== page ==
Just a few weeks after more than 75 New York art galleries were hit with a wave of lawsuits alleging that their websites are not compliant with the 1990 Americans With Disabilities Act, a group of art and design colleges across the country have now been targeted.
The new round of lawsuits accuses five schools—the School of the Art Institute of Chicago, the College for Creative Studies in Detroit, the Ringling College of Art and Design in Florida, the Art Academy of Cincinnati, and the Stephens Institute in San Francisco—of failing to make their websites accessible to the hearing impaired.
The plaintiff is the same in all five cases: Philip Sullivan. Jr., a New York City resident who is deaf. “He brings this civil rights lawsuit against Defendant for failing to design, construct, and/or own or operate a website that is fully accessible to, and independently usable by, deaf and hard-of-hearing people,” according to Sullivan’s lawsuit, filed in the US District Court for the Southern District of New York. Sullivan’s attorney did not respond to a request for comment.
Sullilvan’s suits claim that the schools have posted videos without closed captioning, or with limited captioning, making them inaccessible to deaf and hard-of-hearing people. In the suit against Ringling College, Sullivan says he tried to watch a video on the school’s “campus life” section of its homepage in January but was unable to. Unless he now “remedies the numerous access barriers on the Website, Plaintiff will continue to be unable to independently watch videos on the Website,” the suit says.
Each of Sullivan’s lawsuits against the art schools are identical save for the title and location of the individual videos in question.
The cases brought against New York galleries earlier this year were filed by two different plaintiffs who are blind. Thousands of other businesses, including hotels, resorts, universities, and restaurants, have been served with similar complaints last year as part of a response to a lack of clarity over businesses’s obligations under the Americans With Disabilities Act.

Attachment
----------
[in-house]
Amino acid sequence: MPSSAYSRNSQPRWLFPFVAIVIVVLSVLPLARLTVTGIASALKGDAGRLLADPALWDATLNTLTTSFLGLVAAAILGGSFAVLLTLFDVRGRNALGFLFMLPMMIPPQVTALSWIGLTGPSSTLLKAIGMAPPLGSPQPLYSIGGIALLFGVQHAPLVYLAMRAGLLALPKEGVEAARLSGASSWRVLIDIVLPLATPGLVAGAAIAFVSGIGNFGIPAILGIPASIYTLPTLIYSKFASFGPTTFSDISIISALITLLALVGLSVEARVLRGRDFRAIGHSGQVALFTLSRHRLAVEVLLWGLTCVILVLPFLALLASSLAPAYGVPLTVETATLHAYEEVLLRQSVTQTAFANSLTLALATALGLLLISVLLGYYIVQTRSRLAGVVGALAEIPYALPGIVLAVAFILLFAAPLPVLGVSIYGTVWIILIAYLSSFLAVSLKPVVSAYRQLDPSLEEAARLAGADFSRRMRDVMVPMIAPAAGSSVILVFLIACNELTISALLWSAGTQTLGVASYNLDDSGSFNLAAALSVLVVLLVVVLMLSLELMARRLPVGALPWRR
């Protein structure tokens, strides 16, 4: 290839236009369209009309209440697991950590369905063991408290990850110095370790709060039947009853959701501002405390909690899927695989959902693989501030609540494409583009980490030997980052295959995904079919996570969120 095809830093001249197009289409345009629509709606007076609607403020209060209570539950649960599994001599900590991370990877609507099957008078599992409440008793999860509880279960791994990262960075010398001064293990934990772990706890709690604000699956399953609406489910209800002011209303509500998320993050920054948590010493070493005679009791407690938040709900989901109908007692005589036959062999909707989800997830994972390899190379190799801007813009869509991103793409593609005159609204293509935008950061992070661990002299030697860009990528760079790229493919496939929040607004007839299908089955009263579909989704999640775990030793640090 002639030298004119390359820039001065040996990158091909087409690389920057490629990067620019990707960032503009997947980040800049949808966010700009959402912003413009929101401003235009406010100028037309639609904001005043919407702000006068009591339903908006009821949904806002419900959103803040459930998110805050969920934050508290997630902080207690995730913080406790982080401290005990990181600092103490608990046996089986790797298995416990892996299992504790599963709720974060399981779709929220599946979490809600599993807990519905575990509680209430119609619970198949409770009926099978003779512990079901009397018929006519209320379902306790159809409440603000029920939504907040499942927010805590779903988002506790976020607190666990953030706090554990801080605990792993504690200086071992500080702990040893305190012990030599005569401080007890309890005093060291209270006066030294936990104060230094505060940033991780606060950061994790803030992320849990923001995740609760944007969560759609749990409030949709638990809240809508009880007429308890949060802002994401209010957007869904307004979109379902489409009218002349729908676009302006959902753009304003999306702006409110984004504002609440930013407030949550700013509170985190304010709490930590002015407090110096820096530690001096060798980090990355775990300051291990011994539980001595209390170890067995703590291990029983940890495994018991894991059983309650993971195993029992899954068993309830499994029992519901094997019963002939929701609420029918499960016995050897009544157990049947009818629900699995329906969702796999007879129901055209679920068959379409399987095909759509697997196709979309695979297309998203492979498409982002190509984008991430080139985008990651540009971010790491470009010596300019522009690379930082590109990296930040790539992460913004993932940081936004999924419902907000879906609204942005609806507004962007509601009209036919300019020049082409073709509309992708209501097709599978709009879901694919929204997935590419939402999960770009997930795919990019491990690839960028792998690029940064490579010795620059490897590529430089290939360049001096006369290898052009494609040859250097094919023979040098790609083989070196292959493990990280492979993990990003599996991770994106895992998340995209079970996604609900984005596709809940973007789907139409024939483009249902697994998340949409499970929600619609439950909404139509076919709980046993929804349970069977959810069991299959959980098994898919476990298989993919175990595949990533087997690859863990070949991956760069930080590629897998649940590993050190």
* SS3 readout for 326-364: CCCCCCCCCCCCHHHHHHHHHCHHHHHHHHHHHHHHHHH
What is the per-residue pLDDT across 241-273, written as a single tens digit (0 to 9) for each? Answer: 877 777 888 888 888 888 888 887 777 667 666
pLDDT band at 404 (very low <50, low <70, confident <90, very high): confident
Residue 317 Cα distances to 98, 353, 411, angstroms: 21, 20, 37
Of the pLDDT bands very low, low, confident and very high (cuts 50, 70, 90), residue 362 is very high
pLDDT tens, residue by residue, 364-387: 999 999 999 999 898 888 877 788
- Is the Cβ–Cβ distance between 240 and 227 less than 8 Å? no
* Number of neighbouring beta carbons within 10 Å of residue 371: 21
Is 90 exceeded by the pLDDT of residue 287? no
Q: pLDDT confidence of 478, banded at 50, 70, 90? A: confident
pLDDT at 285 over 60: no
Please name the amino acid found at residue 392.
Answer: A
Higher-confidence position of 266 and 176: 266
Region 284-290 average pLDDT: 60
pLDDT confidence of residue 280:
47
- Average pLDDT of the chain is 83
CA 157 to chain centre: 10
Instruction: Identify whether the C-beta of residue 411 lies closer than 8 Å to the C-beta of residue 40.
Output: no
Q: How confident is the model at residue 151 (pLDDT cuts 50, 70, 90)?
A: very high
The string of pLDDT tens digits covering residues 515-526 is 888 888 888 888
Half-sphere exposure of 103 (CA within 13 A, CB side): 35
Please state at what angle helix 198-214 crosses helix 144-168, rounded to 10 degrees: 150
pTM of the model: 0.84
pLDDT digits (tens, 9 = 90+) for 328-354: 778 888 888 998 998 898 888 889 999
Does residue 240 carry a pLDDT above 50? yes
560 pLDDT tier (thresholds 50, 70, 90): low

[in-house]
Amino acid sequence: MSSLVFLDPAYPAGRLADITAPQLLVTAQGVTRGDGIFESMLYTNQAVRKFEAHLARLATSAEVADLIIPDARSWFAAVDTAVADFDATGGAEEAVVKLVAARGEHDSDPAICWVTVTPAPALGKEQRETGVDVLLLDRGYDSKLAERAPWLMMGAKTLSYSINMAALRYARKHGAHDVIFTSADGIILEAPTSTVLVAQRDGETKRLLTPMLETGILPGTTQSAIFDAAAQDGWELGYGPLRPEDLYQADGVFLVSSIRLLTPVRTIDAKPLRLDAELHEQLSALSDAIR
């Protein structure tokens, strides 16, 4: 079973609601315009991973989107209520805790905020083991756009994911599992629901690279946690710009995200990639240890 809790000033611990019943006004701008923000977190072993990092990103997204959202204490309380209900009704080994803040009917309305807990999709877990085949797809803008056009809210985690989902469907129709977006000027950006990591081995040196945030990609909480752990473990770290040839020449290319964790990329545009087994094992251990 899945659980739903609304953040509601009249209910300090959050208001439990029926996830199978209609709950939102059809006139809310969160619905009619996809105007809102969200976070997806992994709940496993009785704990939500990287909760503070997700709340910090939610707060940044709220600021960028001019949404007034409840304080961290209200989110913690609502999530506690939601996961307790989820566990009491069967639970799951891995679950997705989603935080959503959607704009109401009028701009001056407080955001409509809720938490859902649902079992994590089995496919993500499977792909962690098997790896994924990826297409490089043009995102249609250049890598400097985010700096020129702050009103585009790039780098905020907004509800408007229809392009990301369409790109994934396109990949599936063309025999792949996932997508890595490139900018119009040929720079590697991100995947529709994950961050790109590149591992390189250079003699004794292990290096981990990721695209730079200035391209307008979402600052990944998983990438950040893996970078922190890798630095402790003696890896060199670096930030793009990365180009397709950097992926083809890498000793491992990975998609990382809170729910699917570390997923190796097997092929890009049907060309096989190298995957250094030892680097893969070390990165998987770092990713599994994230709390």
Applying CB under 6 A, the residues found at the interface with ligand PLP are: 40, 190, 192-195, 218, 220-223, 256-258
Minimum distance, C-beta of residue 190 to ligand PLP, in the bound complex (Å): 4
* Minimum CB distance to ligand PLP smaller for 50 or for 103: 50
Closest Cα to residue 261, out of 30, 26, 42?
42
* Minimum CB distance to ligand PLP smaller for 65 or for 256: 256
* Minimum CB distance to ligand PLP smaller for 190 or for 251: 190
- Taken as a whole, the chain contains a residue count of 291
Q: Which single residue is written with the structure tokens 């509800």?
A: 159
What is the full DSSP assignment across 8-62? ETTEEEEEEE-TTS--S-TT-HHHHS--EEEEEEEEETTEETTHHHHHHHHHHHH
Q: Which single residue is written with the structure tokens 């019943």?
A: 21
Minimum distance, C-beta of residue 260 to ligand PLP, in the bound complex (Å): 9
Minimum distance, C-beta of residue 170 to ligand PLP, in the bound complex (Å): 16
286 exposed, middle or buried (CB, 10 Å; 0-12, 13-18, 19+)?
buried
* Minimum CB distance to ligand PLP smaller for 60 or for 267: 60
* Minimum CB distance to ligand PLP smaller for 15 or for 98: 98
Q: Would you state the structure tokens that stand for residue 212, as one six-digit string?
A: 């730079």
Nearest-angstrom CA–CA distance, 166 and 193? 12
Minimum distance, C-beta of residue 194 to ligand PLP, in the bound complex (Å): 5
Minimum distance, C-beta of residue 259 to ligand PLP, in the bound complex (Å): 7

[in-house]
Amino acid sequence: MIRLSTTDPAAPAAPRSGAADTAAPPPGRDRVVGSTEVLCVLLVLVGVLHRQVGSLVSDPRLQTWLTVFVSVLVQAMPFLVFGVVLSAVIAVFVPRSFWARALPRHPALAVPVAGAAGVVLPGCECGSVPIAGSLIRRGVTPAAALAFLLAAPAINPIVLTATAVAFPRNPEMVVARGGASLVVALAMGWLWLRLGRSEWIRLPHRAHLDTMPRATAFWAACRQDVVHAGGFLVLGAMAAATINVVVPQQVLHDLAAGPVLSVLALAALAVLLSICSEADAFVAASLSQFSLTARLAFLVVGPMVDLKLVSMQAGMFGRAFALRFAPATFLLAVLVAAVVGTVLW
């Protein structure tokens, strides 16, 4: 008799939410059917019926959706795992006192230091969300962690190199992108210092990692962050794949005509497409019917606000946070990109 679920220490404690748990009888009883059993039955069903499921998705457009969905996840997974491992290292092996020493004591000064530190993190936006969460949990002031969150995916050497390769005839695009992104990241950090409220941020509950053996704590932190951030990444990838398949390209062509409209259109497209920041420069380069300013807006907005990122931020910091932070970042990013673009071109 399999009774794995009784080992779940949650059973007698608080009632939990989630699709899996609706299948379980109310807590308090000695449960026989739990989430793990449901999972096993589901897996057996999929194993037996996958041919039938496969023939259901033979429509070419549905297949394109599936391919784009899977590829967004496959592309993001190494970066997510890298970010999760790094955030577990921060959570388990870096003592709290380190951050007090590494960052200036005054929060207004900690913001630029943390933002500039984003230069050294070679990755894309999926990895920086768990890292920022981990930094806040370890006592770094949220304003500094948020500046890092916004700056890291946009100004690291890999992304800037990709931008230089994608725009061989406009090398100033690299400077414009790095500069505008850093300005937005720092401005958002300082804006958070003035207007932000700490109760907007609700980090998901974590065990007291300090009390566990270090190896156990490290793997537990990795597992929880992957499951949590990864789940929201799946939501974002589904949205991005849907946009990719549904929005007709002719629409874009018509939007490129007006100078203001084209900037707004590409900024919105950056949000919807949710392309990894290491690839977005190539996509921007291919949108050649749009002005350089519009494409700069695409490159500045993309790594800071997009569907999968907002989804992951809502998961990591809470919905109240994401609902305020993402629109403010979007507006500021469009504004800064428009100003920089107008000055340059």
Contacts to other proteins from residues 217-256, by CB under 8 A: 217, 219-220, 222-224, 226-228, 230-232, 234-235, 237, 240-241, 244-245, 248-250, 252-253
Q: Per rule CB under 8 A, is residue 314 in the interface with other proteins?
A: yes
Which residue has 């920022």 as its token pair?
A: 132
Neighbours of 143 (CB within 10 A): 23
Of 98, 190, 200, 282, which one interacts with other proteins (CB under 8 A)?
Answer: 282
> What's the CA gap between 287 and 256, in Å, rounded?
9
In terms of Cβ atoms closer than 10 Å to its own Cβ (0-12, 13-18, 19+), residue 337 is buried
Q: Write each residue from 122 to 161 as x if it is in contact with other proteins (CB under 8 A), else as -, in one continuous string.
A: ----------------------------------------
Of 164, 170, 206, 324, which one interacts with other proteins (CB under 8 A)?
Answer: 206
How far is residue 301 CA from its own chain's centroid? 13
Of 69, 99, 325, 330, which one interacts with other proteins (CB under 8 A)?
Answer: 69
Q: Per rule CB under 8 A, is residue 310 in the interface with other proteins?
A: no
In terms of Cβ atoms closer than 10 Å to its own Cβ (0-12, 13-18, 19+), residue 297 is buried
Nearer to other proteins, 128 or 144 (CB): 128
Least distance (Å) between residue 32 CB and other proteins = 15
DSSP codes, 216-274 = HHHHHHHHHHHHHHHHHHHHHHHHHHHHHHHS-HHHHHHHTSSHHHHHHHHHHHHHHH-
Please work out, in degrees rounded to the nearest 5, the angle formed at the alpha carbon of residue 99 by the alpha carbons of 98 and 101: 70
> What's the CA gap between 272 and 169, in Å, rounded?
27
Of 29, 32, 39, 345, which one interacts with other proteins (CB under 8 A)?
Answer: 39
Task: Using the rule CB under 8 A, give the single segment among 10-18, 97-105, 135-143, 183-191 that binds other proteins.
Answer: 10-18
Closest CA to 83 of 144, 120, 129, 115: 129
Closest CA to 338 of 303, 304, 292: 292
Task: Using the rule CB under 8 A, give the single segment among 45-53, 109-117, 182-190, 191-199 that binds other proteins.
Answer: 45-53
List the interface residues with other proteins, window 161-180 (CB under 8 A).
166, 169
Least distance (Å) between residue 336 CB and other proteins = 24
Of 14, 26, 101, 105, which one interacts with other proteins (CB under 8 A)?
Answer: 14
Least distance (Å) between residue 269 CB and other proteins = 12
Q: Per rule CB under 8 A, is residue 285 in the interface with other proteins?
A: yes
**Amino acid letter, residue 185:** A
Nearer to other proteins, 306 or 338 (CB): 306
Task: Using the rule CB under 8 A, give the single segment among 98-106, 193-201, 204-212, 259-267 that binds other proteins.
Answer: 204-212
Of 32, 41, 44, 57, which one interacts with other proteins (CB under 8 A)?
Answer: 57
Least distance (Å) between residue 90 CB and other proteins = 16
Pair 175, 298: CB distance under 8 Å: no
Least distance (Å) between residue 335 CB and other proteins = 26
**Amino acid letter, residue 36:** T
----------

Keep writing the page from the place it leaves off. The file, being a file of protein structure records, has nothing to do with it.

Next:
Under Title III of the act, companies cannot discriminate against disabled people “in the full and equal enjoyment of public accommodations.” But when the law passed in 1990, the internet was not as omnipresent as it is now, leaving a vast gray area over what defines an accessible website. Since 2010, the Department of Justice has been working to develop uniform guidelines. But the Trump administration, which has actively sought to reduce government regulations, abruptly stopped drafting the new rules in late 2017.
As a result, the number of website accessibility lawsuits “exploded” last year, to at least 2,258, an increase of 177 percent over 2017, according to a report published last month by attorneys for the Washington, DC-based law firm Seyfarth Shaw. New York and Florida rank as the two busiest jurisdictions.
The complaints allege that the websites violate Title III and several parts of the New York State Human Rights Law. But others say that the recent litigation unfairly targets businesses that may aim to do the right thing, but lack clear guidelines.
“These lawsuits do nothing to ensure websites are accessible to the hearing and visually impaired,” Adam Morey, a public affairs manager for the Albany-based Lawsuit Reform Alliance of New York, told artnet News in an email. “The thousands of dollars wasted on lawyer’s fees would be put to better use making the internet more accessible. Elected officials need to step in and put an end to this tidal wave of litigation and start guiding businesses and educational institutions toward compliance. Without real guidelines from the Department of Justice or Congress, every website is a sitting duck and a target for one of these lawsuits.”
artnet News reached out to the schools named in the lawsuits for comment but none responded by press time.
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